In fact, there was speculation at the start of the Floyd protests that they would boost Trump and hurt Biden — and that was not borne out. An emphasis on “law and order” helped the Republicans win the 1968 presidential election, and both parties embraced tough-on-crime, tough-on-Black-people approaches to win elections in the 1980s and 1990s. But the case that Trump won the 2016 election largely because of identity and racial issues has perhaps been overstated by the media in the years since. And the evidence — at least so far — suggests that the electorate in 2020 may not be responding to issues around race and policing in the way it did in those earlier eras. That might be because of the growing number of non-white and college-educated voters, who tend to have more liberal views on these issues. It might be because Americans are more uncomfortable with Trump’s approach to race than Biden’s, or because of the increased media focus on the more radical racial views of white people, such as the Trump-supporting teenager who shot three protesters, killing two, in Kenosha on Tuesday.
But let’s say we wake up in a week and Biden’s lead in national polls is down to 4 or 5 percentage points. Let’s say Trump has even pulled ahead of Biden in our polling averages in Wisconsin and Florida. And let’s say we get a bunch of new polls in the wake of Blake’s shooting that show public opinion firmly opposed to the rioting. Could we conclude that there is an anti-BLM backlash helping Trump?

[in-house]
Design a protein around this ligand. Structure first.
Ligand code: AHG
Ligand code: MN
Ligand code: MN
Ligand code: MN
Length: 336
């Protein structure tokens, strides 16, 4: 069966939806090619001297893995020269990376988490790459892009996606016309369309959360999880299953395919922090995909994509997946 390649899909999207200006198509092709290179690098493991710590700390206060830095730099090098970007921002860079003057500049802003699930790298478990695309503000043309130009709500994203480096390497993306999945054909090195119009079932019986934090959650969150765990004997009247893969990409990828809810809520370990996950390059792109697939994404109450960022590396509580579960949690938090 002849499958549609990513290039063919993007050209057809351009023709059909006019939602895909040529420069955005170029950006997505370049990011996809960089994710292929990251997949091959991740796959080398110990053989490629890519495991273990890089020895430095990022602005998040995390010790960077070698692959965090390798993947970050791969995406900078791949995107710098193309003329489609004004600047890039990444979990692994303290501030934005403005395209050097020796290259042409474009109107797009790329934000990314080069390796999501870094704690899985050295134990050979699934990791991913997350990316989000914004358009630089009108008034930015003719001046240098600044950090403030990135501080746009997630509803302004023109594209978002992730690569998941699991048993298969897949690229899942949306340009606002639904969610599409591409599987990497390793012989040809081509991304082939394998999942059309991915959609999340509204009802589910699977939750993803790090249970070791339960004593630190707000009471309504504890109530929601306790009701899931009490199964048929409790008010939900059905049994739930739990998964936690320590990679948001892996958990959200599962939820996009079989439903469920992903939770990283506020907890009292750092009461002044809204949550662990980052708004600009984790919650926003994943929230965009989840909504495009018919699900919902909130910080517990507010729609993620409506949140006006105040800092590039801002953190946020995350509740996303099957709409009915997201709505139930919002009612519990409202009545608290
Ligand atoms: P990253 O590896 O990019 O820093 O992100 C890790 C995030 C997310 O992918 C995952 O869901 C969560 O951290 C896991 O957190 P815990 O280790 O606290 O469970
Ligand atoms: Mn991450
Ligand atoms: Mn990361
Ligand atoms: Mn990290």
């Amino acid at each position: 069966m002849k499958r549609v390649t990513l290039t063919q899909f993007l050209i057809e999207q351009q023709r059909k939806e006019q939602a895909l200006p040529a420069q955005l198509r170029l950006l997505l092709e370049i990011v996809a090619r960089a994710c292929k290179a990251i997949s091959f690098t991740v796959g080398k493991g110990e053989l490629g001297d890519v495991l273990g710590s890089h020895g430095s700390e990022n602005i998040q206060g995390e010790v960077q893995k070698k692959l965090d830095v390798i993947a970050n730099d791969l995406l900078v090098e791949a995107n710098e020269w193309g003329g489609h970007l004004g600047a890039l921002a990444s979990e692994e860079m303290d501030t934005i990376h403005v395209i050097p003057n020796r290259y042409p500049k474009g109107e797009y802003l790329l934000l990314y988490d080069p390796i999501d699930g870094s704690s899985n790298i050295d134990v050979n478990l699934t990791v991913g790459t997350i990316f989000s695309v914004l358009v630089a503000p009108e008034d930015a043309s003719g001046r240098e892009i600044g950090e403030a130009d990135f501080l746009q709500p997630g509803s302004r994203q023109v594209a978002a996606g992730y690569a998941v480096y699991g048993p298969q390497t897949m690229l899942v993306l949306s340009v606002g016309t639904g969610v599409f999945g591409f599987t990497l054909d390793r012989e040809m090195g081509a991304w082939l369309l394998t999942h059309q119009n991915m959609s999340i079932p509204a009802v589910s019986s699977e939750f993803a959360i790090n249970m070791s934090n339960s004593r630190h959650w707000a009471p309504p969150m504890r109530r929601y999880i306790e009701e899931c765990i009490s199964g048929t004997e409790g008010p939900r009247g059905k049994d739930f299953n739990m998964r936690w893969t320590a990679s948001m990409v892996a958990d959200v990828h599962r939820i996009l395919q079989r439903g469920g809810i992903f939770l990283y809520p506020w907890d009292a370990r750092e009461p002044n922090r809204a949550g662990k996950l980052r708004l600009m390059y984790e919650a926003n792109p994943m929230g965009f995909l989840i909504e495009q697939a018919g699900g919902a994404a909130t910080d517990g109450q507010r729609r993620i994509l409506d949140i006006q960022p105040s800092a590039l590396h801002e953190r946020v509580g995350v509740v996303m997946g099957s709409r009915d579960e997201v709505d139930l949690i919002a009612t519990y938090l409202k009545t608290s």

Maybe, but it would be hard to say for sure. First, a Trump surge in the polls might simply be a traditional “convention bounce” from the Republican National Convention, which has taken place amid the unrest in Kenosha.
Second, it would be a bit odd (and perhaps disingenuous) for voters to switch from Biden to Trump, or from undecided to Trump, because of riots that Biden has condemned. Such voters might be people who traditionally vote Republican, backed Trump in 2016 and have been on the fence this year but are looking for a rationale to stick with their party and support Trump again.
Third, it would be hard to unpack which voters are annoyed by the riots specifically, as opposed to the months of protests against racial injustice, Black athletes striking and other actions that aren’t rioting but still might offend people who are more broadly wary of pushes for racial equality made by Black Americans. We should be skeptical of claims that Americans overall will support Black people’s demands for equality if only they made those demands in the manner that America’s white majority prefers — history suggests that even peaceful tactics like kneeling can generate a ton of backlash. (Remember that the March on Washington and Martin Luther King Jr. were both fairly unpopular in the 1960s.) And we should acknowledge what the past five decades of American electoral history has shown: Being the political party aligned with Black people seems very well correlated with the plurality of white people opposing that party. It might be the case that the best thing electorally for the Democratic Party would be for Black Lives Matter activists to keep quiet until February, but BLM activists might not want to delay their push for racial justice to focus on Trump’s defeat.
All that said, there could be a bloc of voters who support the protests and currently back Biden but who will shift to Trump because of the riots. We can’t rule out that group emerging. But, crucially, that group has not emerged yet, despite plenty of opportunity. And based on what we’ve seen in June, July and August of this year, there are a lot of reasons to be skeptical that such a group will emerge. In terms of racial issues, America is much different from how it was in 1968 or 1988 — and maybe even in 2016.
Geoffrey Skelley contributed analysis to this article.